Once a judge decides one spouse needs alimony and that the other can afford to pay it, the judge may take into consideration elements of the entire marital picture. This includes:

  • How much each spouse earns or may potentially earn
  • Each spouse’s age and overall health
  • All sources of income, including retirement benefits and investments
  • The length of the marriage
  • The financial impact of assuming custody of any minor children
  • The standard of living enjoyed during the marriage
  • The difference in the spouses’ education and how long it may take the spouse requesting alimony to obtain sufficient training to become employed
  • Whether and how much one spouse contributed to the other’s professional education
  • The difference in the spouses’ assets and debts, including other legal support obligations
  • Marital misconduct by either spouse, such as reckless spending, abuse of drugs or alcohol, abandonment, or cruelty
  • What property each spouse brought to the marriage
  • The household contributions of a stay-at-home spouse
  • The relative needs of either spouse
  • The tax impact of any alimony award.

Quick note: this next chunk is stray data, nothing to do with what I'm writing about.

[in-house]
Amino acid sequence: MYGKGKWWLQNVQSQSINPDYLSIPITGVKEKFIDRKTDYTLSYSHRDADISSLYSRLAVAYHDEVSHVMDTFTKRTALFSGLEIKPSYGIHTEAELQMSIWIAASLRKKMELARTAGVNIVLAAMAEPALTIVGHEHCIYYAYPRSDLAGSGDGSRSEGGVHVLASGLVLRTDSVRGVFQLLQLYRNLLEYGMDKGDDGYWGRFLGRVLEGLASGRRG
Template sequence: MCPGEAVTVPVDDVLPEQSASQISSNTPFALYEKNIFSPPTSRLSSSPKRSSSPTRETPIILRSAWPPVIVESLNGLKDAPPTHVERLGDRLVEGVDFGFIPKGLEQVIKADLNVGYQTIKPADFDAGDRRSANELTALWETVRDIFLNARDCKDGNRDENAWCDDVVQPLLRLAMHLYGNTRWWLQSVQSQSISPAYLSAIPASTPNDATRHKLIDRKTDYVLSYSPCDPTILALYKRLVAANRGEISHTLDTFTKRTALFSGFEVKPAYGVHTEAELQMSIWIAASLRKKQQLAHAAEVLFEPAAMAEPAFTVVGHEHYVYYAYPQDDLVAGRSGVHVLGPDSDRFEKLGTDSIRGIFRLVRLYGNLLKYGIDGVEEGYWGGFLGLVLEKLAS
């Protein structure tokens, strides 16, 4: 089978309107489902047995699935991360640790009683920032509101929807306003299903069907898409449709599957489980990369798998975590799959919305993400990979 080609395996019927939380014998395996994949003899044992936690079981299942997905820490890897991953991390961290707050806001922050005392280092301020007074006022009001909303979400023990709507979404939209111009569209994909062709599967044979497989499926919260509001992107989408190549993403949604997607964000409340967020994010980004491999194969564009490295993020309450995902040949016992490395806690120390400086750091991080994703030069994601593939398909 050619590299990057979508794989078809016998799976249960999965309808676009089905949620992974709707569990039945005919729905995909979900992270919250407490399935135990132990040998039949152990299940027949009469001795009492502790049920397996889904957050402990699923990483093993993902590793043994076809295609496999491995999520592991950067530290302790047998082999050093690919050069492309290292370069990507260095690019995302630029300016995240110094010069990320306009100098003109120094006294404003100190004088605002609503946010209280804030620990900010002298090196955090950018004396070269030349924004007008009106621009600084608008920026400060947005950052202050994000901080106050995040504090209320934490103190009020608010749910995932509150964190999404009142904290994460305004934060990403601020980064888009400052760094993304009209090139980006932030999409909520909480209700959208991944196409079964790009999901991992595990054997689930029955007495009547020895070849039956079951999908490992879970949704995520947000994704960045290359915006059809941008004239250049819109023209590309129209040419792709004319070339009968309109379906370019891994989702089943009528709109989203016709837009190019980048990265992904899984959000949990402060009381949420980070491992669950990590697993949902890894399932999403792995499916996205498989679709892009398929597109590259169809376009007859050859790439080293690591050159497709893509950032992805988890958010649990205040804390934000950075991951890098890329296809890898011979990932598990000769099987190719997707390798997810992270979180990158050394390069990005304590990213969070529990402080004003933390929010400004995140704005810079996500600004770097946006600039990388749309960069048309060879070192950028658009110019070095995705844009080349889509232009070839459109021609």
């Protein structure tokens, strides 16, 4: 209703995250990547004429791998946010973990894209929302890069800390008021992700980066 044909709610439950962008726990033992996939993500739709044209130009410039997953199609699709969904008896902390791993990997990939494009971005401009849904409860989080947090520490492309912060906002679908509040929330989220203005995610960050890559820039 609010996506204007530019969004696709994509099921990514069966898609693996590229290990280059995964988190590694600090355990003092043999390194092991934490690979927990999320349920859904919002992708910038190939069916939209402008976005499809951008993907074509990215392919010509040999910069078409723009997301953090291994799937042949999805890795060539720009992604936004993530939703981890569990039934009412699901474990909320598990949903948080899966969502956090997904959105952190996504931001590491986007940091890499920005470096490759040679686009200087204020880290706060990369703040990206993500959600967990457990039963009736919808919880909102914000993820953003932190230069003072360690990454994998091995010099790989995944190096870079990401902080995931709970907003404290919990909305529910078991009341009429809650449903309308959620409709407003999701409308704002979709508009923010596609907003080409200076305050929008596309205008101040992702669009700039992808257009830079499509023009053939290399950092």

Because North Carolina does not have set rules or a formula for calculating alimony, a judge has extremely broad discretion for awarding alimony. Proper support payments should be based primarily on the dependent spouse’s recurring needs as well as other factors outlined above, and the supporting spouse’s ability to pay.

The judge will have full financial statements from each spouse, including income and expenses. From this information, a judge should be able to calculate a recurring payment to be made to ensure the dependent spouse can meet their financial needs and obligations. If the court awards alimony, the dependent spouse may also be entitled to recover attorney’s fees.

As your attorneys, Charles Ullman & Associates will calculate and propose a reasonable alimony payment for you to receive or pay based on your employment and financial needs. Because opposing counsel will likely take an adversarial position to your request, you should have an experienced divorce attorney advocating for you and protecting your interests as the court considers the issue of alimony.

Who Gets Alimony After Divorcing in North Carolina?

North Carolina law provides that alimony may be awarded to the dependent spouse in a marriage being dissolved by divorce. The spouse who pays alimony is known as the supporting spouse. Either person in the marriage may become the supporting or dependent spouse.